The nunkie goes all mucky!

For ages I have been extolling the virtues of the UK and especially the Sound of Kerrera as a great muck diving site, arguably not as good as Lembeh, just different...... maybe as good in a different way?

So I gave the Nunkie some instructions and set him on his way, I couldn't doctor his fins to slow him down but I think that he did it 'right', for those who wish to follow his footsteps.......or should that be fin-strokes?

Head south from the end of the breakwater at Gallanach (Puffin Divers), slowly work in a south westerly direction down to about 8m depth and you will come to a section of rock protruding from the mucky bottom. Work along the bottom of this 'reef' for a few yards then head east, going up and over the reef, it comes to within 3m of the bottom and then very slowly work over the marly ground on the inside of the 'reef' before heading north back to the breakwater and exit. A nice simple plan for a nice simple man!

Again, my translation of his dive as follows.................................

The first stretch of this dive was over a bed of discarded scallop shells, in warmer weather divers will drop the shell and guts of scallops once they have cleaned them and for that reason at the 'right' time of year the area is carpeted with crabs, not so in November, however the plus point of a late dive here is that the weed has died back so that you are not faced with huge swathes of kelp covered bottom, you can now see the bottom and also creepy-crawlies that live here.

It is only when you get to the rocky section that you can appreciate the amount of long-clawed squat lobsters that live in this area and the gap under every stone is inhabited with a squattie, you will also find poor buggers with one or no claws who have been involved in a scrap over occupancy rights and lost. Occasionally you will come across these squabbles with two similar size squatties locking claws and there is always a winner and a loser.

Moving slowly you will also find loads of painted gobies dotting about on the sand, varying in size from an inch to maybe three inches. In the summer should you wish to be 'amused' you can disturb a goby and if it flits up into the water column watch as the coalfish and codling that attend a diver zoom after the tasty morsel, almost like bashing open sea-urchins for wrasse around the islands, only more so.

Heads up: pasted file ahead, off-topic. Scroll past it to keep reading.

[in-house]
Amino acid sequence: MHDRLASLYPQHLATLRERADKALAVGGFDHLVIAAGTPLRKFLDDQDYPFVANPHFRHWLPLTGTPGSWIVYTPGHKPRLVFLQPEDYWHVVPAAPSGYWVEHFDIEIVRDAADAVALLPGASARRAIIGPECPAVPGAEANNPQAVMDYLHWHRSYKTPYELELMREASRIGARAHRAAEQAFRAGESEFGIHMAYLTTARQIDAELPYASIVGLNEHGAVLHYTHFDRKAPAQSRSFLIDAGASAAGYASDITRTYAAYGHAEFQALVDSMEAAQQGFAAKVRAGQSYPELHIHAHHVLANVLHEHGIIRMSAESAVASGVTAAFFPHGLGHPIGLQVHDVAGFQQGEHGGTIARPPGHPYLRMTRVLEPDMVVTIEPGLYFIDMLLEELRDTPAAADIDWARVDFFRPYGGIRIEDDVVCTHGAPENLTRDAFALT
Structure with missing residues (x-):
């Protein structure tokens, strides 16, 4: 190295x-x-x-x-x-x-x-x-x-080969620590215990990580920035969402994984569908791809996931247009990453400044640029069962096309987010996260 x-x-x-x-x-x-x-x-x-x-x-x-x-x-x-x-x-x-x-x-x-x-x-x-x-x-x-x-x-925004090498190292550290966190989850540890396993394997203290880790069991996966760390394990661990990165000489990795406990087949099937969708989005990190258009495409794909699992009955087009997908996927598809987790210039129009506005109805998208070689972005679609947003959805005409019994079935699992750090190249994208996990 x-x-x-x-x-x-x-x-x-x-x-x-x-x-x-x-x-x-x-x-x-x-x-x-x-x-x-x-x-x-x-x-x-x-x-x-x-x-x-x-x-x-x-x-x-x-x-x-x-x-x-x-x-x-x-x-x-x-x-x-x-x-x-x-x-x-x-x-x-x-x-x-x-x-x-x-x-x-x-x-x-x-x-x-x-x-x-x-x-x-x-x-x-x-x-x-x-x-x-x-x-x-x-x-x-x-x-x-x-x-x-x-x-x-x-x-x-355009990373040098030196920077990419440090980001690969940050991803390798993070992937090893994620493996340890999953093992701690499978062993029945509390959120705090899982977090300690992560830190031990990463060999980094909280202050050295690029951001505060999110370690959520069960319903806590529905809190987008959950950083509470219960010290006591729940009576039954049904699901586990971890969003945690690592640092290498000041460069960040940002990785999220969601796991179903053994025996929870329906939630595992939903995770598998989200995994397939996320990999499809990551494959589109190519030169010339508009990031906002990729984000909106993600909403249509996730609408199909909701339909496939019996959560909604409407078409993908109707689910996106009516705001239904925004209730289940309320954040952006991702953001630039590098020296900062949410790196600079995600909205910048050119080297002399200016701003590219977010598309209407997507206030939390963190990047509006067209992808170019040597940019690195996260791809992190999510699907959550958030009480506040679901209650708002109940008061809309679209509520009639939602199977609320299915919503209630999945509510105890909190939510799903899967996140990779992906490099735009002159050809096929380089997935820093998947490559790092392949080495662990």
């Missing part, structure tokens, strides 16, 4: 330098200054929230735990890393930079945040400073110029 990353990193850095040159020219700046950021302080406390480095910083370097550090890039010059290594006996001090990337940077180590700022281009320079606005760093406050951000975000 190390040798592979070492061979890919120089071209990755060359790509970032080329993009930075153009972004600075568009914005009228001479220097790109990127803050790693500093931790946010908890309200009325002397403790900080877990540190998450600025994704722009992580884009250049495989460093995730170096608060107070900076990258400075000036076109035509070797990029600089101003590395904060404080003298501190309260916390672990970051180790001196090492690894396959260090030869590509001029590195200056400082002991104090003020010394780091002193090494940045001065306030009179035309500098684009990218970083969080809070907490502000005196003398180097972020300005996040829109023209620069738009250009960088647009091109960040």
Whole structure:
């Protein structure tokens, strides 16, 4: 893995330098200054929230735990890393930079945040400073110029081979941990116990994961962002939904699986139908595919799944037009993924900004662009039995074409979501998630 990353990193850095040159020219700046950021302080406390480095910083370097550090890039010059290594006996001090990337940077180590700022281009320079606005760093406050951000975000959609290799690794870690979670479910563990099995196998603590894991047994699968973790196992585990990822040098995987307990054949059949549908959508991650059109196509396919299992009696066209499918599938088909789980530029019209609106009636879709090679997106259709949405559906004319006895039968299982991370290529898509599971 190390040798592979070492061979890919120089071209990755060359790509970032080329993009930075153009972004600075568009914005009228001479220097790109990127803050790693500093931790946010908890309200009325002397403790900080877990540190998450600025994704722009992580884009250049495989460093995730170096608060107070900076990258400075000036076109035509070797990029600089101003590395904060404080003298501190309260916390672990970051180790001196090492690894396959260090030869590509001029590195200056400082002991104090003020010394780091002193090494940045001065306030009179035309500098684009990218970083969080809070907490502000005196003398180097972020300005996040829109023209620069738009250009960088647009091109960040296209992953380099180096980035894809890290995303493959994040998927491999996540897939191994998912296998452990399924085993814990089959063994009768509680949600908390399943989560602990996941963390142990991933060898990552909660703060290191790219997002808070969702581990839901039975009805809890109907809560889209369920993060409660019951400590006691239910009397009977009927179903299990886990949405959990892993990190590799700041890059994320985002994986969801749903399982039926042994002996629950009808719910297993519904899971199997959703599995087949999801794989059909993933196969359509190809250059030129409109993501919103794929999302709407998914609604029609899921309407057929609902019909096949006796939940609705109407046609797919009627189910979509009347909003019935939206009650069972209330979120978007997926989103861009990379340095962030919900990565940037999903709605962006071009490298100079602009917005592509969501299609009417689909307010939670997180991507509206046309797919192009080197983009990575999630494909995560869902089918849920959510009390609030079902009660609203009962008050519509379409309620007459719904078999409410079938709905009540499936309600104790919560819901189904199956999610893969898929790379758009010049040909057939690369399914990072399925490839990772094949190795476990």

On this rocky area you will also see various multi-coloured sea-squirts whose colour and position make for some good clear-water photo-opportunities if you can contort yourself down to the rock, there are also large amounts of brittle stars, although during the daytime you are more likley to see 'arms' reaching from cracks in the rock for any passing food rather then the actual animal.

Over the top of the reef you reach an area which is obviously offered more protection than that given by Kerrera and comprises of a nice bottom, some mud covered by an inch or so of finely crushed shell and marl, ideal scallop land and there are a few about but with the area being regularly dived the only ones remaining are small at maybe three inches diameter they are however easy to spot once you get your eye in with a tell-tale puff of silt when the shut up upon sensing your approach.

Hunting scallops you will also come across at least two varieties of starfish with the huge, almost prehistoric, shocking in its size and the relative speed at which it can cover the ground.

There are other shell-fish present and you will find a few live whelks moving over the sand and again their white and mottled mantle offers good photo opportunities, as an aside readers may remember 'Buck' an old school diver who when made redundant from the colliery spent his redundancy on a second hand RIB and made an existance diving for lobsters. On the annual Oban trip with Bishop Auckland club he would pick up whelks and to save gas would put them in his kettle and they would cook when he made tea, you never wanted to take a hot drink at Bucks tent!

You will also find 'odd-balls' in this area, the Nunkie found a sea-mouse and there are always nudibranchs for those that take the time, I know that nudi-hunting is an acquired taste but if you are up for it there are always half a dozen species that you can find around this area and onto the rocks.

Slowly heading back you will start finding bottles thrown in form the land behind Puffin Divers and although the area is picked over occasionally you can pick up something 'nice' so keep looking and remember that quite a few of the jars have a resident squattie, so again photo opportunities!

You will know that you are getting close to the breakwater as there are more and more thick chains rusting into the bottom and the amount of scallop shells pick up. The nunkie only had the boat from Puffin Divers to contend with and in flat calm conditions and six meters vis there was little chance of an incident, however if you feel nervous with engines above then throw up a delay to make an explicit statement.

The nunkie enjoyed his dive looking at the smaller creatures, now I'm not sure if a similar dip on the North side of Little Harcar in about fifteen meters will elicit a similar response, I suspect he would scurry off the to the corner to hunt for blue fiends.....

Dive safe




Recommended suppliers

Latest Photographs